High Tech &Electronics Companies’ Need Increasing for Product Lifecycle Management (PLM)


Hello, I’m Craig Rode and I’m the Industry Technology Strategist for the Microsoft World Wide High Tech and Electronics group. In this role, I help bring together technology and partners which provide solutions for our customers in High Tech. I’ve been involved in High Tech for over 30 years, in a variety of roles spanning development, product management, marketing, and sales. Prior to joining Microsoft in 2008 I was the VP of North American Sales Operations for CoCreate, (now acquired by PTC), a supplier of PLM tools to leading high tech manufacturers.

Years ago High Tech and Electronics (HT&E) companies began offshoring their manufacturing work to lower cost parts of the world to leverage lower labor costs. In some cases, they contracted with other companies to make their products or components. In others, they opened up facilities themselves. In both cases, the cost savings HT&E companies realized were tremendous despite the fact that they had to add IT and technical infrastructure costs to manage the projects. Today though, a similar move of the engineering task offshore is not going as smoothly and needs new solutions.

Sending the engineering function offshore makes a lot of sense. Design engineers really need to understand the manufacturing impacts of the design decisions that they make. Getting feedback from the shop floor is critical to the design engineer who needs to create products which can be manufactured at the lowest possible cost. And, for a lot of companies, enabling local engineering means that they can design products with local markets in mind. That’s key to attaining competitive advantages and market share in emerging markets. Finally, engineering can be less expensive in emerging markets.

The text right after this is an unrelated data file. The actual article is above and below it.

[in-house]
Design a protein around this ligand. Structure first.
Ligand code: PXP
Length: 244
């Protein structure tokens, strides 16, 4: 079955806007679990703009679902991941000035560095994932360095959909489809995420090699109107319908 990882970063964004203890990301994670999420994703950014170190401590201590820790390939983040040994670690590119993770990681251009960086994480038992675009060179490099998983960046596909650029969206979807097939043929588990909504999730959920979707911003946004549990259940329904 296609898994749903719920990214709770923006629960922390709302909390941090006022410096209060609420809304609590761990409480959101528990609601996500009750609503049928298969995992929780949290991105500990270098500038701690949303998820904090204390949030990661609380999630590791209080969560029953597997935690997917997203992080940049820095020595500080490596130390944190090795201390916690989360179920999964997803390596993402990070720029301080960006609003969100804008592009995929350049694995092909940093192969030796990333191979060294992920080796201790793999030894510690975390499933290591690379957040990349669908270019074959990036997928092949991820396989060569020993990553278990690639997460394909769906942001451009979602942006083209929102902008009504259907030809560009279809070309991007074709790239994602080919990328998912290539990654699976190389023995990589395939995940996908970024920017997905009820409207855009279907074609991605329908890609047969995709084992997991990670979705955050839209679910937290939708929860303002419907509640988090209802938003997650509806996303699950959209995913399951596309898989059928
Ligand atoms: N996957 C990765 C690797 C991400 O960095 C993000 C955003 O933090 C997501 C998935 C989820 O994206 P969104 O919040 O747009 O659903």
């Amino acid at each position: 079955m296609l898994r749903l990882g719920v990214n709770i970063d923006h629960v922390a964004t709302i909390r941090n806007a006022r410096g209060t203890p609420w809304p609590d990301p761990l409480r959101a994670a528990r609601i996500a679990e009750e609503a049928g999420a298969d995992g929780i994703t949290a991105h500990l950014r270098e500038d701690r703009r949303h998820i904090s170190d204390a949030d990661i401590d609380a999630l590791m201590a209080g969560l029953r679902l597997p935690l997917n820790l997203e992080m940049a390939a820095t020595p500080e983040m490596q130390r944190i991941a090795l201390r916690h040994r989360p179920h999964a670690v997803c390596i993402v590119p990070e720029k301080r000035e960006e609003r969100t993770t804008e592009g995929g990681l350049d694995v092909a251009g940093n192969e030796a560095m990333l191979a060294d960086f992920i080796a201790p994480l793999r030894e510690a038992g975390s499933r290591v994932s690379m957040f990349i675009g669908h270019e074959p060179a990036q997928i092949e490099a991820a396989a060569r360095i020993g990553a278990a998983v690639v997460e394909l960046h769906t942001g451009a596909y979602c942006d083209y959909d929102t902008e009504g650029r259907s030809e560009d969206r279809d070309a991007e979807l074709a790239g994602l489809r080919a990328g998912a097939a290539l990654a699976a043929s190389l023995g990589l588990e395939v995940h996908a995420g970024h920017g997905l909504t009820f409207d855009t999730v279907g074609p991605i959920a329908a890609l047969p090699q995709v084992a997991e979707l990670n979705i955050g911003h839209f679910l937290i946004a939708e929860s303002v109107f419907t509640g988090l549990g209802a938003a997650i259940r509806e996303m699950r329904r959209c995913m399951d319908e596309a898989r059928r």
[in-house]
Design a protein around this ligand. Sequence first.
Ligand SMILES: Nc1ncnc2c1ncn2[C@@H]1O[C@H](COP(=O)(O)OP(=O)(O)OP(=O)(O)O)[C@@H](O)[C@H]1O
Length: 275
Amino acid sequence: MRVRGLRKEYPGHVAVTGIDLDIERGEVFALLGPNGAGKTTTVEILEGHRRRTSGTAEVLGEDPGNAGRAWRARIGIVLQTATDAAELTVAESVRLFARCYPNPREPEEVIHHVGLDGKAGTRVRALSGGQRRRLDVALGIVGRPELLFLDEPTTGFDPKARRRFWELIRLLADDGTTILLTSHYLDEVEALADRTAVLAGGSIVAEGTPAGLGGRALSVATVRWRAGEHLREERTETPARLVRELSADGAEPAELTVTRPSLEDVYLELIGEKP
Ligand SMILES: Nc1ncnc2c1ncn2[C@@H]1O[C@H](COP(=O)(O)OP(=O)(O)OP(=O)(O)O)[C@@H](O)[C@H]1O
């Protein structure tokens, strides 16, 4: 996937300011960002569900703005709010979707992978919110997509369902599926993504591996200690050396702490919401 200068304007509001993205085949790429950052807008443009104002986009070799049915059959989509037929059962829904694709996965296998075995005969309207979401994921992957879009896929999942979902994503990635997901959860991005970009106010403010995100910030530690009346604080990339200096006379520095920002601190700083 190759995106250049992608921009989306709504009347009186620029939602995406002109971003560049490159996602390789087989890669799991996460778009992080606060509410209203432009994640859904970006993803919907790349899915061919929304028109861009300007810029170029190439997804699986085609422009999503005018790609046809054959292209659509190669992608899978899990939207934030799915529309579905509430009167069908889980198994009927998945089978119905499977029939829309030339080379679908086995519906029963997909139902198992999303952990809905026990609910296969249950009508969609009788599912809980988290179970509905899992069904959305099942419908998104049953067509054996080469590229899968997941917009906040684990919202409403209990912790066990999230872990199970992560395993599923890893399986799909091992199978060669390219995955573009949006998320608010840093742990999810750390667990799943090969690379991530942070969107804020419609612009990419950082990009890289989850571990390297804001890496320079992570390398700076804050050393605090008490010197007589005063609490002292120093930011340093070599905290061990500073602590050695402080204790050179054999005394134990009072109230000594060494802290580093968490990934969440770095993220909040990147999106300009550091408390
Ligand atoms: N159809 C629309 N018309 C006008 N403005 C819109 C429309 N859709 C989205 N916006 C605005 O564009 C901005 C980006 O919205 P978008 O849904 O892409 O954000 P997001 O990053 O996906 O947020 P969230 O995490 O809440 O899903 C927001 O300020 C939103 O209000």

Today, it is very common to find companies based in the US, EMEA, and Japan whose engineering resources are distributed worldwide. The problem? As engineering becomes decentralized and more dispersed, it becomes harder to manage, and collaboration becomes more difficult.  The money saved because of lower labor rates may be lost if it is spent by flying personnel to and fro for project status review meetings. 

Further, the distribution of intellectual property (IP) outside the walls of the engineering department creates new issues. HT&E companies’ survival depends on ensuring that their current and future product designs remain secure. This becomes increasing difficult to manage as engineering is more widely distributed. In addition, much of the information contained in US companies’ engineering databases are regulated by the International Traffic in Arms Regulations (ITAR) which states that access to certain types of product design information must be controlled to prevent citizens of certain countries from accessing it.

In fact, one company I worked with had its entire engineering system shut down by its own internal IT auditors until it could get those controls in place. Luckily, we were able to get them in compliance within a couple of working days.

When I was selling product lifecycle management solutions, one of my customers was a large California-based equipment maker that has engineering teams working together on their complex high tech products.  These teams are located across the world with presence in Canada, US, EMEA, and Asia.  Engineers from these teams work together on the same engineering models.  This company relies heavily on CoCreate Model Manager from Microsoft partner PTC to coordinate their activities and manage the information to deliver high quality products in the shortest amount of time possible.

Microsoft’s collaboration-enabling solutions, like Microsoft Office Sharepoint® Server and Unified Communications can and have been applied in situations like this.  Moreover, there is huge potential for cloud computing (Azure) because some of the countries where this work is being performed (like China, Vietnam, Malaysia) don’t have the IT infrastructure or the internet “pipes” to have real-time collaboration that requires fast, continuous connection.  Total cost of ownership, Microsoft familiarity and ease of use, have made these effective solutions for companies that have offshored their engineering processes.